Mobile + Smartwatch • Health
Concept Development, User Research, Product Design, Frontend Development
SmartBrush in Action
Defining the Strategy
We wanted most of the interactions during brushing to occur when using the watch. After weighing the constraints, pros, and cons of our top three ideas, we selected a dental hygiene app. We thought it held the most potential for designing unique interactions for the watch interface in particular. There were many more ideas that we could implement for solving the problem of poor dental hygiene through gamification, providing facts, and keeping track of progress through a numerical system.
Ideation & Sketches
After discovering the saturation of dental hygiene apps for children in the Play Store and recognizing there is still a need for teens and young adults to correct their poor brushing and flossing habits, we decided to pivot to target 10-20 year olds.
User Journey Map
We based our sketches on the User Journey Map.
Competitive AnalysisTop 3 Competitors:
With the plethora of dental hygiene apps for children, we wanted to differentiate and focus on designing an app for a slightly older user base of young teens to young adults.
Our initial interviews with a dental assistant, mother of two children, and a teenage student allowed us to dive deeper into identifying the user's top needs and primary tasks for our app. The dental assistant emphasized the importance of flossing and finding ways to entertain children so that they would be motivated to brush their teeth. The mother shared with us how influential parents are for teaching their children about dental hygiene. The teenage student revealed his dental hygiene habits and how it is tied with his self-esteem in regards to physical appearance. He also suggested an aspect of gamification to make the experience of brushing teeth and flossing more enjoyable. We took all of these findings into account in our process of building features.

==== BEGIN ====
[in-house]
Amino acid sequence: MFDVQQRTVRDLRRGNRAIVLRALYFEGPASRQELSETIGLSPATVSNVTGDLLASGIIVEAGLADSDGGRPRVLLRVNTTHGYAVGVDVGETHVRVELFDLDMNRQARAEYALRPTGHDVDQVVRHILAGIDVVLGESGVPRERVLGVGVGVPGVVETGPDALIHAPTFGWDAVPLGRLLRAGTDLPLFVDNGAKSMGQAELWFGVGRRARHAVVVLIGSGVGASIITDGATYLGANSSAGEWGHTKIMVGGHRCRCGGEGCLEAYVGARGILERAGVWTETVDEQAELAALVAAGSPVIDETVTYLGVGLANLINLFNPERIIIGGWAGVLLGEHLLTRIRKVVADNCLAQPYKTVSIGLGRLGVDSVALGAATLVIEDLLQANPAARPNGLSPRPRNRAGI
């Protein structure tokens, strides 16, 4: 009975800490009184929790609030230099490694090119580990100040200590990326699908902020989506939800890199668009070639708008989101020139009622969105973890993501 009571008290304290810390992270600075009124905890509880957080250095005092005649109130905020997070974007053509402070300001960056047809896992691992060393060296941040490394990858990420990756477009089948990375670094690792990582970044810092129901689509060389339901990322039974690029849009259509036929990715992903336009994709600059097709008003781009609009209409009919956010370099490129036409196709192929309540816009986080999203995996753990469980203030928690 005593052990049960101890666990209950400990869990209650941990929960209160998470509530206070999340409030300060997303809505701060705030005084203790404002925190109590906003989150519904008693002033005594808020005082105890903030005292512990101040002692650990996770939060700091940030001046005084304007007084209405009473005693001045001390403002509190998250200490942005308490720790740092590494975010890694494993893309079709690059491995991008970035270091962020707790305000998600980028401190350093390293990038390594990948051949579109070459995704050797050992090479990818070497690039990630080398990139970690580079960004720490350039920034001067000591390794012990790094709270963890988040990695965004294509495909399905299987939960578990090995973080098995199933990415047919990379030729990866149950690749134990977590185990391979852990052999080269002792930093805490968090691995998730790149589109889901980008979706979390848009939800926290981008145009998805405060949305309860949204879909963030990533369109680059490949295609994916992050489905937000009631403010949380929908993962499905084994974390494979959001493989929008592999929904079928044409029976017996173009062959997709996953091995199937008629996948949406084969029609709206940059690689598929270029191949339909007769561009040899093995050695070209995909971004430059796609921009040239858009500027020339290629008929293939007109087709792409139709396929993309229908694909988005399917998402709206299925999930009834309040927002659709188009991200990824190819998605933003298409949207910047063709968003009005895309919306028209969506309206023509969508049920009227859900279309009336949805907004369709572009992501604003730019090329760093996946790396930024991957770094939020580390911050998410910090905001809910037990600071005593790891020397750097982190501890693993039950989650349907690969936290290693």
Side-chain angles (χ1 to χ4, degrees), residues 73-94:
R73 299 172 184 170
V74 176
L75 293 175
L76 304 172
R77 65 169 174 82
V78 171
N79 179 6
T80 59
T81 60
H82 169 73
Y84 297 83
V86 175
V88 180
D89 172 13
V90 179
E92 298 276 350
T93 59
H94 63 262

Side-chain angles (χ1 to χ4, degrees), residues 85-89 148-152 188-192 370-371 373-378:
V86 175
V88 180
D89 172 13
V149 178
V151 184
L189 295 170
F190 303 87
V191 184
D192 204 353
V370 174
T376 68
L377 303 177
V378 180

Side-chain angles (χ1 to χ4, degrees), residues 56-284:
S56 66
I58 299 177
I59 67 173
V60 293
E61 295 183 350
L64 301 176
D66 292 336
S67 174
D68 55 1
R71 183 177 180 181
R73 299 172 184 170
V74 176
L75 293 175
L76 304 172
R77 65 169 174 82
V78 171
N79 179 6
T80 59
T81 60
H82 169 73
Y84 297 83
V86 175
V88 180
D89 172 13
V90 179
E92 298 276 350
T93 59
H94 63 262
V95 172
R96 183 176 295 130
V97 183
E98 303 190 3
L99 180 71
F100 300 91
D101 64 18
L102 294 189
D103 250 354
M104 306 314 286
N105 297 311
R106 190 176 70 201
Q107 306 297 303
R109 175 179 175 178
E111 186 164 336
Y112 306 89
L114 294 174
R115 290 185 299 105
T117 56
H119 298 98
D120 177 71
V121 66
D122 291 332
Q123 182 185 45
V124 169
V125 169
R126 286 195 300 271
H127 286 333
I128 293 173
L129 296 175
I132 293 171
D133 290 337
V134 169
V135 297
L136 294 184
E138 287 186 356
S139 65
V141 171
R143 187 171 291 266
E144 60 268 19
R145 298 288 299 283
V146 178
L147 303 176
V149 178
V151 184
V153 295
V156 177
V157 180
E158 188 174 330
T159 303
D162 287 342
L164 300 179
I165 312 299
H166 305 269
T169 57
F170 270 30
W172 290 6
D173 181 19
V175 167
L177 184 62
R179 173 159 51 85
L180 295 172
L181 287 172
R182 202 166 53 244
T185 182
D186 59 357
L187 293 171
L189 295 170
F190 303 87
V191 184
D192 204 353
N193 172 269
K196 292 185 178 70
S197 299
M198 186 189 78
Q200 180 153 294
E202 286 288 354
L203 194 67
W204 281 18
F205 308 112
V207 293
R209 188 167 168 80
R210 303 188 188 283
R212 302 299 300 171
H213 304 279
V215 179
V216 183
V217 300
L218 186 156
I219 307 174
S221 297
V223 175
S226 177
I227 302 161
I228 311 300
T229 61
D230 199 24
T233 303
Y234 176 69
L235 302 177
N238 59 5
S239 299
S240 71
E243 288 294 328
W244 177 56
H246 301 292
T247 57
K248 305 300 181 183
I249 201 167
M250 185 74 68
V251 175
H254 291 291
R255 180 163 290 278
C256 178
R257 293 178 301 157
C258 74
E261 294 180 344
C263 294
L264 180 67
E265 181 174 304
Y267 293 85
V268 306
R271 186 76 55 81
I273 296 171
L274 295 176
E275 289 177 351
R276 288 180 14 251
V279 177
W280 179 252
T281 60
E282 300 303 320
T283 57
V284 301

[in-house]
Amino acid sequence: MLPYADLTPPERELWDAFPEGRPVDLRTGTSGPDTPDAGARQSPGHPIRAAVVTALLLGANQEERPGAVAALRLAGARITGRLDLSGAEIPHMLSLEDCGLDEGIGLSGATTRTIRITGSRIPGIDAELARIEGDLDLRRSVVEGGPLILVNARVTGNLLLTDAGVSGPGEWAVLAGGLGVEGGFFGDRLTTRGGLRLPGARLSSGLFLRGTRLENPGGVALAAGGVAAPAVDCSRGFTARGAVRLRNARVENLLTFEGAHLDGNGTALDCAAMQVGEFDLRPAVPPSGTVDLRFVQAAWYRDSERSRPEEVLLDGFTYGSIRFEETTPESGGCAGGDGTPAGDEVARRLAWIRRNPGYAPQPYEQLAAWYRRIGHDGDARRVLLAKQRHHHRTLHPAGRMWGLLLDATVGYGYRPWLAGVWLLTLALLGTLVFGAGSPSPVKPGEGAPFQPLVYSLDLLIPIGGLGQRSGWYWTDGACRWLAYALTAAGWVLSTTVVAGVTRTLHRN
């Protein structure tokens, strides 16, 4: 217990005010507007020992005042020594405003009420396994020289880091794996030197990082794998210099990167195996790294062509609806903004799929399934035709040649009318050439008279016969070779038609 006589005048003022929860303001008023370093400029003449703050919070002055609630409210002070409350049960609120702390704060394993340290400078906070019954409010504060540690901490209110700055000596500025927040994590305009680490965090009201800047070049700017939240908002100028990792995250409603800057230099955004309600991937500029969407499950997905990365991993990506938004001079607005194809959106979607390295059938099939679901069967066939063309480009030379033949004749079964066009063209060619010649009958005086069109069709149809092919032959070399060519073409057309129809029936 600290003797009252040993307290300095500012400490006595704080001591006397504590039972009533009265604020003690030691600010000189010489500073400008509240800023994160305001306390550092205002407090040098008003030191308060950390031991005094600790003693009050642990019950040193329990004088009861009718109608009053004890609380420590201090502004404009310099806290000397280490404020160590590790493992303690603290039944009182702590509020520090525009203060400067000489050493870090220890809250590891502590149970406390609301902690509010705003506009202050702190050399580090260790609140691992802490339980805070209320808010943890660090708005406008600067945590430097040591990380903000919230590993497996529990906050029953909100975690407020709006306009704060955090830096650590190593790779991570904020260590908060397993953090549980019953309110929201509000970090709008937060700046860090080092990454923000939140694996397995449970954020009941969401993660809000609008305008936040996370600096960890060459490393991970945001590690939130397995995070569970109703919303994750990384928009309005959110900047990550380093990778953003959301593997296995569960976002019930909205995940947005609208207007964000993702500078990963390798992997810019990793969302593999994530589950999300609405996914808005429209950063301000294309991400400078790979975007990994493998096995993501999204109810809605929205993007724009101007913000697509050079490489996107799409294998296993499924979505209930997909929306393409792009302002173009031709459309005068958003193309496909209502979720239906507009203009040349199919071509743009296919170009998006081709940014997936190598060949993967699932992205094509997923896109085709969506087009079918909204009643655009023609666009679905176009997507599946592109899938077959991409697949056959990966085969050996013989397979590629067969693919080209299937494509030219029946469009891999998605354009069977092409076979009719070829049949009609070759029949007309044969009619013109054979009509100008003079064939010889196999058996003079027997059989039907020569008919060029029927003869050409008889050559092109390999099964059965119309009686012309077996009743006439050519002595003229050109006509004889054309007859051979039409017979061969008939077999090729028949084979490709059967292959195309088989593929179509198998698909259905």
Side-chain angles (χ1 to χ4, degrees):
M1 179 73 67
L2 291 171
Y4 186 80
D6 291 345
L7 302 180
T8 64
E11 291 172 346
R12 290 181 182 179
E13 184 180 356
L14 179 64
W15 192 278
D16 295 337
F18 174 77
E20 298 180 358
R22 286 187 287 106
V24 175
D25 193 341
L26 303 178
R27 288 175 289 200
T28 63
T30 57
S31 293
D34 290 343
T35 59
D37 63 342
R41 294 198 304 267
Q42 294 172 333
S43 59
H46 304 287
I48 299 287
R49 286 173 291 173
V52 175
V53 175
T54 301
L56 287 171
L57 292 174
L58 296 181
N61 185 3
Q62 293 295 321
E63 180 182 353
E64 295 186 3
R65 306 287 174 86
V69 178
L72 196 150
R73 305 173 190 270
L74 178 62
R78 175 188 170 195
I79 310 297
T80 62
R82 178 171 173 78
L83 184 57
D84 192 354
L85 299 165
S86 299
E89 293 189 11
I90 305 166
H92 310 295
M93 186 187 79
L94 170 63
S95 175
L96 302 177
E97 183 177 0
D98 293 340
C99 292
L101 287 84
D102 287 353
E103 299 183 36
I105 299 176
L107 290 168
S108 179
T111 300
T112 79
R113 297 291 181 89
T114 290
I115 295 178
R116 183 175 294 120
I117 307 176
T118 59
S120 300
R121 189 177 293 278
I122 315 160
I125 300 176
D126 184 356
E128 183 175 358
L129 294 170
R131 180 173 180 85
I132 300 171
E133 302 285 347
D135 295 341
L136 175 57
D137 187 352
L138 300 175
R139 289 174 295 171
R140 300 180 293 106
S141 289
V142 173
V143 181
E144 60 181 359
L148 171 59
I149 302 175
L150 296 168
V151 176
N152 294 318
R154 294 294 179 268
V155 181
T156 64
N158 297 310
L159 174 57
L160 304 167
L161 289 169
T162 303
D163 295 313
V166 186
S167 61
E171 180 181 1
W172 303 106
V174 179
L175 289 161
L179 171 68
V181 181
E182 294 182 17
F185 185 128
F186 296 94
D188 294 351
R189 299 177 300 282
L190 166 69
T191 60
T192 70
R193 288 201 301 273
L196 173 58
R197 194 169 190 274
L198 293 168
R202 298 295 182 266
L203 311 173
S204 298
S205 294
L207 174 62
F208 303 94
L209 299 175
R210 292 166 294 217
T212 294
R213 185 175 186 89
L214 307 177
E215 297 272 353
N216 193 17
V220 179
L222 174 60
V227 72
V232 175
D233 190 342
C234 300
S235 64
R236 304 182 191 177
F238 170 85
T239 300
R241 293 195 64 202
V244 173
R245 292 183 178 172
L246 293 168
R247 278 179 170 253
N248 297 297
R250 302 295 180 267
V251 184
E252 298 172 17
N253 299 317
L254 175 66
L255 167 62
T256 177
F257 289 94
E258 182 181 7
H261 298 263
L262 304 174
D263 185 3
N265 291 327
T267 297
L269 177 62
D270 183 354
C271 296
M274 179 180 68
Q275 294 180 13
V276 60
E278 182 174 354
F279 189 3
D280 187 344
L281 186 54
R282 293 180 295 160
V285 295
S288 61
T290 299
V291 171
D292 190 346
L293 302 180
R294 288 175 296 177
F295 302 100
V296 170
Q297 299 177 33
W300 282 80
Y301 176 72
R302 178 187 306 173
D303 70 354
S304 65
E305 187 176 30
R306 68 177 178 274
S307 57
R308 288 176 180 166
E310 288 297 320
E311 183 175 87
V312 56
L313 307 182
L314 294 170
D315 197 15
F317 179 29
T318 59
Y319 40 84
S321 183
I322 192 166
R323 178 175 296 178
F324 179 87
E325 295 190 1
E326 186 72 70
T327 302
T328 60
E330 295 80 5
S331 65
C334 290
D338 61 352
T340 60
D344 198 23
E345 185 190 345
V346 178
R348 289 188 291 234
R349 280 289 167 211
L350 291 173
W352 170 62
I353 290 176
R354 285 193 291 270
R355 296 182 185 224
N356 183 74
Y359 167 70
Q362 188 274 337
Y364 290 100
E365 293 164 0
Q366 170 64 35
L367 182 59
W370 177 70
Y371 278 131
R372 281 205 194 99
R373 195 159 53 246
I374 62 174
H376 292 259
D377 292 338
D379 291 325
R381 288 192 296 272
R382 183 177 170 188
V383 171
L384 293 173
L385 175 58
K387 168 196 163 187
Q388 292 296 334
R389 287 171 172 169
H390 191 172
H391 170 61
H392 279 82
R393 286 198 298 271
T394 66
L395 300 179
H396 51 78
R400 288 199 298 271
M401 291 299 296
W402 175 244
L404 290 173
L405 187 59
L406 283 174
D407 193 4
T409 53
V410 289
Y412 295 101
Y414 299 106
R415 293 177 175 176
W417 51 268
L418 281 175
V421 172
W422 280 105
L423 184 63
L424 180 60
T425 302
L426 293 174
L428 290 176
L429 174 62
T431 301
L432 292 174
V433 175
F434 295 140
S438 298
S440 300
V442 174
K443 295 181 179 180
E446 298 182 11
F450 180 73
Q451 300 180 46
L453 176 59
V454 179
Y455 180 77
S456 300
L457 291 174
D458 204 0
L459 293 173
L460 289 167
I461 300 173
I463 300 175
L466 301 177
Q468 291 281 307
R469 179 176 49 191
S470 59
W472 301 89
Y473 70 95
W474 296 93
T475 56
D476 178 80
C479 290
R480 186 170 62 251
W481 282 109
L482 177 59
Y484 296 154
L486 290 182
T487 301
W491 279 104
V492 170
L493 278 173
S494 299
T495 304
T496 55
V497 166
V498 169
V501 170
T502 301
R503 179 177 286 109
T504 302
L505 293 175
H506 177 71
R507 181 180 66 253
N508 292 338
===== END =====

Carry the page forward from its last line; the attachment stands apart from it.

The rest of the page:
Top 5 User Needs
Our team used Figma as our primary collaborative, prototyping tool (includes a handy Slack integration). We wanted our first wireframe to accomplish the three primary tasks.
3 Primary Tasks
After receiving feedback from TAs, usability testing participants, and fellow students, here are the key changes made for the second version:
|Simplify the view of the Home Screen: remove logo text and recreate circular buttons in order to avoid the fat finger problem.||Remove the Home Screen as a summary, but instead have the users toggle between two tabs to view My Activity and Rankings.|
|Changed from 6 brush screens (15 seconds each) to 4 brush screens (30 seconds each) - as recommended by the dental assistant.||Only keeps track of current streak and longest streak. The overall health score was unclear to the users.||Results Screen includes the latest streak count.||</tr>|
Final PrototypeWe developed the final prototype on Android. Brushing animations (made in After Effects) indicate the progress of brushing your teeth as the teeth turn from yellow to white and the pulsating effect highlight the areas of your teeth to brush. We established a streak system in which a streak is equal to brushing twice in a day and flossing once during the day. The counter resets daily at midnight. After the 15-second timer for the Brushing Screens reaches 0, the watch will vibrate to indicate an automatic transition to the next screen.
Overall, I had a wonderful experience of learning how to develop an app in Android with a team and learning about the UI guidelines for Android and Android Wear. This is also the first project where I designed an experience and programmed for wearables.Here are the valuable lessons I learned along the way: